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Topics: Compliance, Recordkeeping, Best Practices

10/14/20 8:17 AM

New Brunswick, Canada Publishes Proposed Rules on Unclaimed Property Act

New Brunswick will soon join Alberta, British Columbia, and Quebec as Canadian provinces with active unclaimed property laws on their books.   New Brunswick recently published proposed rules in connection with their Unclaimed Property Act, which received Royal Assent on March 17, 2020 (Bill 22).  Per the Financial and Consumer Services Commission (FCNB), the Act will be proclaimed and become effective with the adoption of the rules. 

The proposed rules were approved for publication on September 22, 2020. Businesses and other stakeholders are invited to provide feedback by November 23, 2020. The Act, proposed rules, and the invitation to comment are available at: https://fcnb.ca/en/unclaimed-property.  

The following is a summary of the Act and proposed rules.

Exemptions from the Definition of “Property”

  • Gift cards;
  • Property acquired from participating in a loyalty program;
  • Property in a safe deposit box held by a provincially regulated credit union ,trust company, or federal financial institution;
  • Property owed under an accident or sickness in-force insurance policy; and
  • Property with a fair market value of less than $1.00.
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Topics: Compliance, U.P. Law

10/6/20 7:42 AM

New York Sends Invitations to Participate in Unclaimed Property Voluntary Compliance Program

New York is increasing its focus on unclaimed property compliance. The New York State Comptroller’s Office of Unclaimed Funds (OUF) recently sent letters to companies regarding participation in the state’s Voluntary Compliance Program (VCP).

 

The correspondence states: 

We are contacting you because your company has conducted business in New York State, but has not filed reports with the New York State Comptroller’s Office of Unclaimed Funds (OUF) pursuant to the Abandoned Property Law (APL). The law can be found on the New York State Legislature’s website at http://public.leginfo.state.ny.us/lawssrch.cgi?NVLWO.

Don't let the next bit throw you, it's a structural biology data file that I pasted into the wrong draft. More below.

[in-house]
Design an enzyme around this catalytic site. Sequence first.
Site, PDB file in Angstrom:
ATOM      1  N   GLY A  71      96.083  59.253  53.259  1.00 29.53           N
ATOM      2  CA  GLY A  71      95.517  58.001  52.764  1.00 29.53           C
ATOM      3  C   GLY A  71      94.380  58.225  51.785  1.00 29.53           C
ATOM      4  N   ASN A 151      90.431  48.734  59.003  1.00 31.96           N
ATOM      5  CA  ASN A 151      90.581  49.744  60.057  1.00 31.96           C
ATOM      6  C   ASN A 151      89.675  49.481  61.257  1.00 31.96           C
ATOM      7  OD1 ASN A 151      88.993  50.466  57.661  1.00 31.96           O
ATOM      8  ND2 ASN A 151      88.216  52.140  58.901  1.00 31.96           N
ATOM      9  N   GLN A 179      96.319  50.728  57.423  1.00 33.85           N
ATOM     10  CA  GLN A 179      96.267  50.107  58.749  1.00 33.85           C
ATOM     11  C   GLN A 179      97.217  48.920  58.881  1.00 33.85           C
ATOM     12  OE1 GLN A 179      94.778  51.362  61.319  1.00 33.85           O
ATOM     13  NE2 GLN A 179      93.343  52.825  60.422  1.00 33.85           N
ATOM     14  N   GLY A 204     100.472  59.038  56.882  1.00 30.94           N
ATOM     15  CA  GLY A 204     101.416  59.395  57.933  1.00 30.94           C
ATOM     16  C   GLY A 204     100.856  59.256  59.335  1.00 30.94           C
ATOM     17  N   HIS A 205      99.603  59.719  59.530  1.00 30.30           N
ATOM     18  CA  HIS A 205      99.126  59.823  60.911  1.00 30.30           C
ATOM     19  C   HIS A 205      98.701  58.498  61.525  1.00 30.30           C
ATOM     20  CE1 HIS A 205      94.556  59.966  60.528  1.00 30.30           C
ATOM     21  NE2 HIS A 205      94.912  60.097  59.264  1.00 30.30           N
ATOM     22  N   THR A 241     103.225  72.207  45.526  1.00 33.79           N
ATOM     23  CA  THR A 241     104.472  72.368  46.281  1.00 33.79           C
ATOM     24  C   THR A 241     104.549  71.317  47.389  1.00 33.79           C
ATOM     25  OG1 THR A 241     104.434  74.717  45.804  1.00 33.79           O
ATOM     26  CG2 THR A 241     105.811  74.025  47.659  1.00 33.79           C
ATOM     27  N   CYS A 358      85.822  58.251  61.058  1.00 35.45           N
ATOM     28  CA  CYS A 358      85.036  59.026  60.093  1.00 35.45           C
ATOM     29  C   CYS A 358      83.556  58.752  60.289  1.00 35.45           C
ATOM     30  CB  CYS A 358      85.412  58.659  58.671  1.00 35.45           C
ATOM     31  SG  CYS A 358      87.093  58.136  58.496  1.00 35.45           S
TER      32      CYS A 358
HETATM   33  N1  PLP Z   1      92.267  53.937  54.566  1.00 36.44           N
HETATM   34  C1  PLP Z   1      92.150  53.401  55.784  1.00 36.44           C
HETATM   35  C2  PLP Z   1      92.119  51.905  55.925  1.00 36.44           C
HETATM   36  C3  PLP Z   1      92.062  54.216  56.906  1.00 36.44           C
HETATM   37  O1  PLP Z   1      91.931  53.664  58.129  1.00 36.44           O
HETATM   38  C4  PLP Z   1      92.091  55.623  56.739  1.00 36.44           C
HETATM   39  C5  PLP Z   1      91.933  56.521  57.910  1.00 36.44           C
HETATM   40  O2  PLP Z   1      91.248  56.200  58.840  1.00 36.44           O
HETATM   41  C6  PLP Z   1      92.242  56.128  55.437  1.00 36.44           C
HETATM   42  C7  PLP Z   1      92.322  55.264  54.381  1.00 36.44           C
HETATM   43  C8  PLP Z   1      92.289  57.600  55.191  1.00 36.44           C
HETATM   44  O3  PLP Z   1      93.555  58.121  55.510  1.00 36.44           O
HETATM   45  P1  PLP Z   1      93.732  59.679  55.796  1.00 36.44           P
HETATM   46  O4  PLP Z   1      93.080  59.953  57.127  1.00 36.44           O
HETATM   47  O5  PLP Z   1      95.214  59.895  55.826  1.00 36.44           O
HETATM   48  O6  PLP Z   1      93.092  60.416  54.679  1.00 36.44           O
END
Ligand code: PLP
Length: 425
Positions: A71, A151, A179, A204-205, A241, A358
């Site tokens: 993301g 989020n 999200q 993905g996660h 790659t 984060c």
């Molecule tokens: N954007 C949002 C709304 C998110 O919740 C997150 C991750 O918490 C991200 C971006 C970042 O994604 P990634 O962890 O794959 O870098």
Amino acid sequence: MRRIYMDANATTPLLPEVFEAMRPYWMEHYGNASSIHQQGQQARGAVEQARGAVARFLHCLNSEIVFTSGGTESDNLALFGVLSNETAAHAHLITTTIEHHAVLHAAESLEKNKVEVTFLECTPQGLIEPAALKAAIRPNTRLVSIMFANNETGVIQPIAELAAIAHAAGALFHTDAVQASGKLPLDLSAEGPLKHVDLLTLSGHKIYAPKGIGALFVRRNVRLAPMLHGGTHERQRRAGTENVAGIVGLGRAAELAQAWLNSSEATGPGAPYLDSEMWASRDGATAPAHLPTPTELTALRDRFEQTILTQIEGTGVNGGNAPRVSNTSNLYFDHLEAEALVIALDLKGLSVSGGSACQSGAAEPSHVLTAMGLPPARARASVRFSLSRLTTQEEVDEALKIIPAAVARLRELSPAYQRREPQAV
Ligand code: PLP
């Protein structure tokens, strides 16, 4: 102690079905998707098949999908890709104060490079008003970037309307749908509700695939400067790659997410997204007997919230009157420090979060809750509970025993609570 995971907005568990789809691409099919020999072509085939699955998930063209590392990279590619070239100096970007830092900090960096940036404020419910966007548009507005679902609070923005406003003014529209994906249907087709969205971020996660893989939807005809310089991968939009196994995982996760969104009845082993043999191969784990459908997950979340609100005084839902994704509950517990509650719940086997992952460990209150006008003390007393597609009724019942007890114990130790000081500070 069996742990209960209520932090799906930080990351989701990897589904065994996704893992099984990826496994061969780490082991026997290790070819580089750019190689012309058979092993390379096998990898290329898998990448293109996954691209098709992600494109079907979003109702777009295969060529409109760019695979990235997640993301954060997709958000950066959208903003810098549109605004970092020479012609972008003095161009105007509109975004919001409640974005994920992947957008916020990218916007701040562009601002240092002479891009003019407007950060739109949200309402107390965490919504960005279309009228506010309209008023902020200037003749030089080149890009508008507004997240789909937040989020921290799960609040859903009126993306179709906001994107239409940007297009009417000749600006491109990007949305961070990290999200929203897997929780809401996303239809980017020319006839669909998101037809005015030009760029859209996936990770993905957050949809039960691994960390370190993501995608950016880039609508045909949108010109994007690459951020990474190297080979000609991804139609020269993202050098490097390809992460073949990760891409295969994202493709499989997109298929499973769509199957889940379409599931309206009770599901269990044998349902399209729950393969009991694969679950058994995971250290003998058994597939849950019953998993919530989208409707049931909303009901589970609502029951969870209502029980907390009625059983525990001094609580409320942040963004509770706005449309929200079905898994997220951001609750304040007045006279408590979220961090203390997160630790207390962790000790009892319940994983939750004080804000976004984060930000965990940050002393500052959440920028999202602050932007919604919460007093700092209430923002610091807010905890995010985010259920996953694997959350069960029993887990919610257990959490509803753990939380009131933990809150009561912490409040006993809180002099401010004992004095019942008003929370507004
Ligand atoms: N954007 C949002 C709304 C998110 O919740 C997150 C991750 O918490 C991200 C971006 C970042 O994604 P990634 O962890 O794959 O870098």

We encourage you to review your records for any unclaimed funds that may be subject to reporting. Unclaimed funds include uncashed checks issued to employees or vendors, outstanding accounts receivable credits and credit balances, and unredeemed gift cards/certificates, among others.

The first step of coming into compliance with the law is completing our Self-Audit Checklist. This online survey will help you to identify if your company is holding any unclaimed funds. Find it online at https://surveymonkey.rNYSVCU and use reference number XXXXXX. Complete the survey even if you find that you have nothing to report.

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Topics: Compliance, Audit, Best Practices, Voluntary Disclosure Agreements, New York

9/24/20 9:06 AM

The Role of Death and Dormancy for Unclaimed Property Holders

Organizations (holders) are not always made aware of the death of the people they do business with. While death plays an important role in the escheatment process, holders of banking and securities property types are not required to proactively search for and confirm death. Similarly, in the securities industry, SEC 17Ad-17 searches for lost shareowners are not required if the holder has received documentation that a shareowner is deceased

Death, however, is a factor in triggering escheatment. For example, death serves as the dormancy trigger for Roth IRA accounts in most states, as a possible trigger date for individual retirement accounts, and in states like Illinois and Maine, decreases the dormancy period for “other tax deferred” accounts.  In states that have adopted certain provisions of the 2016 Revised Uniform Unclaimed Property Act (RUUPA) as they relate to retirement accounts and securities, holders are not required to confirm death unless and until they receive a notice or indication of death (with death to be confirmed within 90 days).

Often, a holder becomes aware of the death of an owner when the next of kin contacts the holder. In other cases, notice of death comes from an SEC 17Ad-17 search of an account that is RPO (Returned by Post Office). There are no statutory requirements that force holders of banking or securities property to proactively determine if owners are deceased. Auditors, however, have been taking a more aggressive approach and assert that holders must proactively bump their records against the death master file (“DMF”) database. If an account owner is found to be deceased and there has been no contact with a beneficiary, the account is considered lost, which triggers escheatment and the property becomes fair game for the auditor. The National Change of Address (NCOA) database is similarly utilized by auditors as an attempt to locate accounts with updated addresses. According to auditors, these updates serve as proof that the holder does not know the location of the account owner, which triggers escheatment for some property types, including securities.

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Topics: Compliance, Reporting, Audit, Best Practices